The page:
The SEC is not looking good when it comes to morals today but it is kind of a reflection of our current society, isn't it?
I feel it is a reflection of society as it has always been. Social media/mass media/communication of all types exposes everything now.
I've heard third hand that people lie during depositions. We have come full circle.
And as we know, reporting to a peer or a supervisor does not satisfy mandatory reporting laws, which I'm still unclear if any PSU coaches were required to report.
I hate to be in a position to defend any of these people, but McQueary is the only one who has implicated himself as having seen something and not gone further than telling his boss. He admits that he saw something, which has had the effect of making himself a pariah, whereas everyone else in this situation claim to know nothing. I don't know if this means he's lying or telling the truth. It is an interesting situation though.
He saw something and reported it to his superior. That's exactly what McQueary did.
As far as I can tell from McQueary's testimony, Schiano "reported" this to Tom Bradley who was a peer (they were both position coaches under Sandusky).
Obviously, someone is lying. Schiano's and Bradley's stories corroborate each other. They also cover for each other and do not further implicate themselves. Make of that what you wish.
If Bradley corroborates McQueary's testimony, he throws himself under the bus. And possibly puts himself in jeopardy of jail time depending on Pennsylvania's mandatory reporting law. It isn't happening.
Can you cite exactly how "think of the children" applies in this case? My bet is you can't, because it doesn't.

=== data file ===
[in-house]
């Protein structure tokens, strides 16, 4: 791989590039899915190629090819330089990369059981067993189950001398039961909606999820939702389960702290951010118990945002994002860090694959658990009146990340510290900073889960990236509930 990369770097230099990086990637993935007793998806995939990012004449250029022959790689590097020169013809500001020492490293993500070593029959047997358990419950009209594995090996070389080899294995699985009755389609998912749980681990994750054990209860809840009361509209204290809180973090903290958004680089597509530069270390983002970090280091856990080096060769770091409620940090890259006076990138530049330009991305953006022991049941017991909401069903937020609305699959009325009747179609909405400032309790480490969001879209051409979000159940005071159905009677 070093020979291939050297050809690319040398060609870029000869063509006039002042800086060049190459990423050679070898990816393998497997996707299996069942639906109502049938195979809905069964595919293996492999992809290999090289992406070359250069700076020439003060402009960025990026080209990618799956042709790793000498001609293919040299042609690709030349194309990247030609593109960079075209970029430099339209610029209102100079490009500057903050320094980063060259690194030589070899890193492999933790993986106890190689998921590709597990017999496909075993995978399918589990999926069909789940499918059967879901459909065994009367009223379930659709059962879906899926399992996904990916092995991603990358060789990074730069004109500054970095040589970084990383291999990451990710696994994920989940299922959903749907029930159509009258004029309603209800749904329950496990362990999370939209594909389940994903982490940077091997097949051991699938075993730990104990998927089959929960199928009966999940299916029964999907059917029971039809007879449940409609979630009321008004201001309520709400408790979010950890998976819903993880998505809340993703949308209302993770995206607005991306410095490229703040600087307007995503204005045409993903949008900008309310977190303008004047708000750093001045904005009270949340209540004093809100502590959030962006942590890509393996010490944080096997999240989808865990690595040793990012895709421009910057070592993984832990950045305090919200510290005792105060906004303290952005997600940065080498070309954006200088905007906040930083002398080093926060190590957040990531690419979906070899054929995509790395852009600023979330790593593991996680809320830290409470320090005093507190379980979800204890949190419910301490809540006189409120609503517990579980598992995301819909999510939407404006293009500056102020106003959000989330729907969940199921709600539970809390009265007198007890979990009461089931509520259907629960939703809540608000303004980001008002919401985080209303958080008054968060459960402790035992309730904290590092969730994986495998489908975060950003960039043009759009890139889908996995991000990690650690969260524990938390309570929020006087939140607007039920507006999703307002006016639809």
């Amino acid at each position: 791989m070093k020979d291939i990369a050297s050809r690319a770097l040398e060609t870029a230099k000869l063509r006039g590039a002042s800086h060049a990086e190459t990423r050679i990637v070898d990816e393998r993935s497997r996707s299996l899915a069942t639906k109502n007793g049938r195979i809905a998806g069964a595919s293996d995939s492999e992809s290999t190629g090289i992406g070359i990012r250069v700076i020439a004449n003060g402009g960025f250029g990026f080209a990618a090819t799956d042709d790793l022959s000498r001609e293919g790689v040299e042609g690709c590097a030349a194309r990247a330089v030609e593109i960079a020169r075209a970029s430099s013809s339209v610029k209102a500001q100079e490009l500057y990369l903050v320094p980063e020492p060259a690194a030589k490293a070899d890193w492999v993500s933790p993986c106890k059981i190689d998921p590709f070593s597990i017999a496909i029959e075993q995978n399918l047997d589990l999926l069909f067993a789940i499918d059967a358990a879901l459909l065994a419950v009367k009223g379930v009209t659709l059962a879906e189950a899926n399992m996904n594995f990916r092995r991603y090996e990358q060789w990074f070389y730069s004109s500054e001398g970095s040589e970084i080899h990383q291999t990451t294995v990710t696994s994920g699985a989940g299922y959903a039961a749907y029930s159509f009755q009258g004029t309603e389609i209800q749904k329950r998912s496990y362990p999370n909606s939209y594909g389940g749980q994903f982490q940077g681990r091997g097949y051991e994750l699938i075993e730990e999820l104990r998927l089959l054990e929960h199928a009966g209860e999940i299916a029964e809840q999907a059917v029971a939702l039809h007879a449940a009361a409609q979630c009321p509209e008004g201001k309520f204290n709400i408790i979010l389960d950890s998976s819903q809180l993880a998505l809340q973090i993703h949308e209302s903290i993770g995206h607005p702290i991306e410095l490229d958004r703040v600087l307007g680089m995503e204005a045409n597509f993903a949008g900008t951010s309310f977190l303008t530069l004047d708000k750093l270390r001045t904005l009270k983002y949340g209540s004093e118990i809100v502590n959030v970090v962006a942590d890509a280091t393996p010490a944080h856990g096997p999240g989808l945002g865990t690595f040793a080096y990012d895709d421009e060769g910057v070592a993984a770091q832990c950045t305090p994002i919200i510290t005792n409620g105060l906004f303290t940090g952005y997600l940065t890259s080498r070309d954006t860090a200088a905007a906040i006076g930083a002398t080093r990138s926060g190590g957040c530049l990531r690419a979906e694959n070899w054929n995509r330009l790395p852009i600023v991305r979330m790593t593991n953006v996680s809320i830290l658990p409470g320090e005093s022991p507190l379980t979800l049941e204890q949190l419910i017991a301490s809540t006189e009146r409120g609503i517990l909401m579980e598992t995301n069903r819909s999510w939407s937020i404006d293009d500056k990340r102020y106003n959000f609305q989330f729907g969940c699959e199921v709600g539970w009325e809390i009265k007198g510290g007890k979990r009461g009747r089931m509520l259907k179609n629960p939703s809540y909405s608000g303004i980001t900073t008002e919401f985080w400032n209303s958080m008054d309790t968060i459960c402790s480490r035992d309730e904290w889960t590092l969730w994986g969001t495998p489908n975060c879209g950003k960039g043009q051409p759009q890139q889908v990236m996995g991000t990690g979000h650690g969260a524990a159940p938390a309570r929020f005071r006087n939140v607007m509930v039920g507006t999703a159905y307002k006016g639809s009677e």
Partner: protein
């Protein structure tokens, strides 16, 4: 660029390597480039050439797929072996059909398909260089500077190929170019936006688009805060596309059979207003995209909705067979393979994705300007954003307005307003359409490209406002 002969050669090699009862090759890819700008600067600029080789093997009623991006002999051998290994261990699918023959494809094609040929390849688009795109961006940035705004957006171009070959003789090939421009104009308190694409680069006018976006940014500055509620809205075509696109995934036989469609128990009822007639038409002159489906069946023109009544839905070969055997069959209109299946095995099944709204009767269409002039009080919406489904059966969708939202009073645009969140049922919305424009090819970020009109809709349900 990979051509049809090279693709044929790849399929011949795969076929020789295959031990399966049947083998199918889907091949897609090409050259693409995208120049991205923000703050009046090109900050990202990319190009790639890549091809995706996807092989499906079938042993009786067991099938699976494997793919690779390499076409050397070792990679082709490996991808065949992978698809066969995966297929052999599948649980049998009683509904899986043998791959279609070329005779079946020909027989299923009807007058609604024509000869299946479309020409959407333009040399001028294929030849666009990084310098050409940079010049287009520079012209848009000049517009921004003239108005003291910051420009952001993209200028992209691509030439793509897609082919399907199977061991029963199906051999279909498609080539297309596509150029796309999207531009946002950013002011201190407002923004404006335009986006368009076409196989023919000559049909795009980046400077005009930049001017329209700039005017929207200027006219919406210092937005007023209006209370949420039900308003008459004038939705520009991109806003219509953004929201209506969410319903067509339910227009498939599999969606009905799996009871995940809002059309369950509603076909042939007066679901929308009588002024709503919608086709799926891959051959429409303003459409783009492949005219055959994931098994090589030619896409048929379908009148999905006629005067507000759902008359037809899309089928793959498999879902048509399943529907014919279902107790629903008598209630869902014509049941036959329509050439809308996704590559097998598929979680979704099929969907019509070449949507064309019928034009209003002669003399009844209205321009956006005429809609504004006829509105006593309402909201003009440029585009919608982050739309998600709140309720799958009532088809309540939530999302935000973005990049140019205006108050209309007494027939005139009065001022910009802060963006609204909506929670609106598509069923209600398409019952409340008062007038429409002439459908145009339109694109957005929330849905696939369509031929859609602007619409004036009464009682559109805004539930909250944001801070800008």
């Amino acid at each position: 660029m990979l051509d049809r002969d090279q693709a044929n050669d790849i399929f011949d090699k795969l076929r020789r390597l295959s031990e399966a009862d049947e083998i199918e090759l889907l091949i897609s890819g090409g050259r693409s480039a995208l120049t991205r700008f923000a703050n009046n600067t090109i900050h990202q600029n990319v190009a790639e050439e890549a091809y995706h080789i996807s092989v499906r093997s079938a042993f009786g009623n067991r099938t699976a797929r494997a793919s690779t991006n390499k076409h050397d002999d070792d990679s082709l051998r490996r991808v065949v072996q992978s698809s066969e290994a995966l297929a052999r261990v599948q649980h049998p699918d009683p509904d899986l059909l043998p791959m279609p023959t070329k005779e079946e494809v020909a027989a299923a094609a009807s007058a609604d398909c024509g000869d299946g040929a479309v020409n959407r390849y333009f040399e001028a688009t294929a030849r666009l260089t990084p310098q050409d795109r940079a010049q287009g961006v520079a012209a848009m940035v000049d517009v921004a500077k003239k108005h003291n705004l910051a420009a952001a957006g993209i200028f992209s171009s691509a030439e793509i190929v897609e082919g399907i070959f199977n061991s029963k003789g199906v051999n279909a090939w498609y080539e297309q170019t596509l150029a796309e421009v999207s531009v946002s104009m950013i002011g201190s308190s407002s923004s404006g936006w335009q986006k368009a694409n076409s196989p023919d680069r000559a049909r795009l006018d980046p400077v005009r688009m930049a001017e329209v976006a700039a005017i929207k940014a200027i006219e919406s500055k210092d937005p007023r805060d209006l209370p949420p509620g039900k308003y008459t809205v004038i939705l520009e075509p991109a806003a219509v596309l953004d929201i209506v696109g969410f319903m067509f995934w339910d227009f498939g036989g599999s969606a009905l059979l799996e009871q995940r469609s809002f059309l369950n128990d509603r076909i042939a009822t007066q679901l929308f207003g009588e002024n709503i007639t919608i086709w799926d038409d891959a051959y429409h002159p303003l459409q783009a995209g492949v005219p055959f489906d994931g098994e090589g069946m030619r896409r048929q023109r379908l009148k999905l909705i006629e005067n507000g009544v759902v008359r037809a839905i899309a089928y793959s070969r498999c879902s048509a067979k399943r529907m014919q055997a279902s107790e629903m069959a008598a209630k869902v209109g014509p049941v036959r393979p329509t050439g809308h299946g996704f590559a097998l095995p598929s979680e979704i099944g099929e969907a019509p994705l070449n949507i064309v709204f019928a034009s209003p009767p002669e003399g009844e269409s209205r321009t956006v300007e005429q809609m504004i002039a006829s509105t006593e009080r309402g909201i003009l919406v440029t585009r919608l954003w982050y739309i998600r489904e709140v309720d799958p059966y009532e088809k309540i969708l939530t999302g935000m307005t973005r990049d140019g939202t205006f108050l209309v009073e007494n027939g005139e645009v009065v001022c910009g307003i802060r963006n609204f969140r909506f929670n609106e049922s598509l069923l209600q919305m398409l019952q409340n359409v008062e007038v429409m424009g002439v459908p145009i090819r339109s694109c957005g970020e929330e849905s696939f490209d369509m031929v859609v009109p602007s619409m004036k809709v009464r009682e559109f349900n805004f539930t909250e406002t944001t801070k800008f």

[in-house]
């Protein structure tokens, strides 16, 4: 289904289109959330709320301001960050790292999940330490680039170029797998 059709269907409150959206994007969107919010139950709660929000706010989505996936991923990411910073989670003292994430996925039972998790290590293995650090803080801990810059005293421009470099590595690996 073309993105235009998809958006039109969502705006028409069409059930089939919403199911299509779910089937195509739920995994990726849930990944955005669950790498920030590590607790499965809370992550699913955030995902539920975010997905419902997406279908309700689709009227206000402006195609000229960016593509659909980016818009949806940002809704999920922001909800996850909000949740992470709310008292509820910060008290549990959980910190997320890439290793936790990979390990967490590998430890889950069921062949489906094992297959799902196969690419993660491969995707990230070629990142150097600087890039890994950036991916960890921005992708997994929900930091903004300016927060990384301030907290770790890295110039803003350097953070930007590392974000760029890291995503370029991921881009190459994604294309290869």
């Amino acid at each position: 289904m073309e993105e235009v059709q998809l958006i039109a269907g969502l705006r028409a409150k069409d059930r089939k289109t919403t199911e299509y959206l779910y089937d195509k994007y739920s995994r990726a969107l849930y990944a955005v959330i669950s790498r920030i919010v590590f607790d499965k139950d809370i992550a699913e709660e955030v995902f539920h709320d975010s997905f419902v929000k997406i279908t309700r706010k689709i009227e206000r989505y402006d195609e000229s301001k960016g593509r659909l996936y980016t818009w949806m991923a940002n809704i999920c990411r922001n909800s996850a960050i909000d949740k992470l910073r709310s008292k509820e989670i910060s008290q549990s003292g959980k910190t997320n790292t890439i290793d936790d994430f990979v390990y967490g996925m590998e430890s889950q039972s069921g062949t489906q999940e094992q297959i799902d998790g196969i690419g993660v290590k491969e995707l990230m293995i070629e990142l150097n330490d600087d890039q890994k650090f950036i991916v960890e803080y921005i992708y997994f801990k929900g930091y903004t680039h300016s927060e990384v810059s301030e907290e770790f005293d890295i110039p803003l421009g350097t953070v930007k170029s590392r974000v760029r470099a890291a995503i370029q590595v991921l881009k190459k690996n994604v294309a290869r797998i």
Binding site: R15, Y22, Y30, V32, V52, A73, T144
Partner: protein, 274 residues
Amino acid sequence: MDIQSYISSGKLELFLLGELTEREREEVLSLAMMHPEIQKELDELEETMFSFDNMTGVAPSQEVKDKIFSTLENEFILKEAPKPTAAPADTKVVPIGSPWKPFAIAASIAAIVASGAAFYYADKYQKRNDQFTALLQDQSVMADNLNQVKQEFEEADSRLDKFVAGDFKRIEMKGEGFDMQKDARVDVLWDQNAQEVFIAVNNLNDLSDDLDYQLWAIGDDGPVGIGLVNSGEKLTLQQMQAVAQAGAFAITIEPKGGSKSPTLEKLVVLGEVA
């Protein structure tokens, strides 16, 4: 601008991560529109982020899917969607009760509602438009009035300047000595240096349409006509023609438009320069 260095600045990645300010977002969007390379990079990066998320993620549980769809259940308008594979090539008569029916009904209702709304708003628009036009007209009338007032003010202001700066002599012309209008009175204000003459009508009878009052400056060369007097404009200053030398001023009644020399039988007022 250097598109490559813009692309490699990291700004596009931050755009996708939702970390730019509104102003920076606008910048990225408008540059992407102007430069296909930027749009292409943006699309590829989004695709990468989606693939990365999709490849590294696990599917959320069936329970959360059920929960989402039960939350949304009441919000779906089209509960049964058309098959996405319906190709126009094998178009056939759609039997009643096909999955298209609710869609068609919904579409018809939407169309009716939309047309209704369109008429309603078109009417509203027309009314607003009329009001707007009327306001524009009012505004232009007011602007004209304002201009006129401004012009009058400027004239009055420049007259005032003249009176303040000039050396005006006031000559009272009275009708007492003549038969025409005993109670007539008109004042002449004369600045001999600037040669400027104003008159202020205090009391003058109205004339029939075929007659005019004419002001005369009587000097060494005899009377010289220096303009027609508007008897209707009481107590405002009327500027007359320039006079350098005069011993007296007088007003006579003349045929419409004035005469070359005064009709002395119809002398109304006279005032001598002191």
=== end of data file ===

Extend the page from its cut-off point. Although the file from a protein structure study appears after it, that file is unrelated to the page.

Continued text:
I'm a public school teacher so I know a little about this. I wasn't aware of the history, but I know I'm a "mandatory reporter". I think janitors and coaches who don't otherwise work for the school are too. I don't know about these coaches though considering they don't come into contact with minors regularly through their job.
Here's the thing I wonder: we talk about reporting, reporting to a peer, reporting to a supervisor etc. These men are employees of an educational institution. From my understanding, employees of educational institutions are required to report child abuse to the police. Is that not the case in this situation with these employees?
Reporting to a peer (Schiano and Tom Bradley were peers, position coaches under Sandusky) and reporting to a supervisor and/or the police are not remotely similar.
If some actual evidence comes out that Schiano failed to come forward, then we can talk.
Most (not all of course, jumping to conclusions is the American way) are saying exactly what you (and I) said here. Facts. But if the facts point in the direction of Schiano doing nothing, then he can't stay. The rationalizations have already started. The worry about how this effects our football reputation have started too. It just makes me feel so icky.
I must admit I'm a little disturbed by some of the responses in this thread, specifically the ones out of the "JoePa Truther Defense playbook" referenced above. Innocent until proven guilty and all of that, but if Schiano knew and did nothing he needs to be gone. And we need to accept that. Actually, we need to DEMAND that.
We only had 9 returning starters in 2014 and that worked out ok.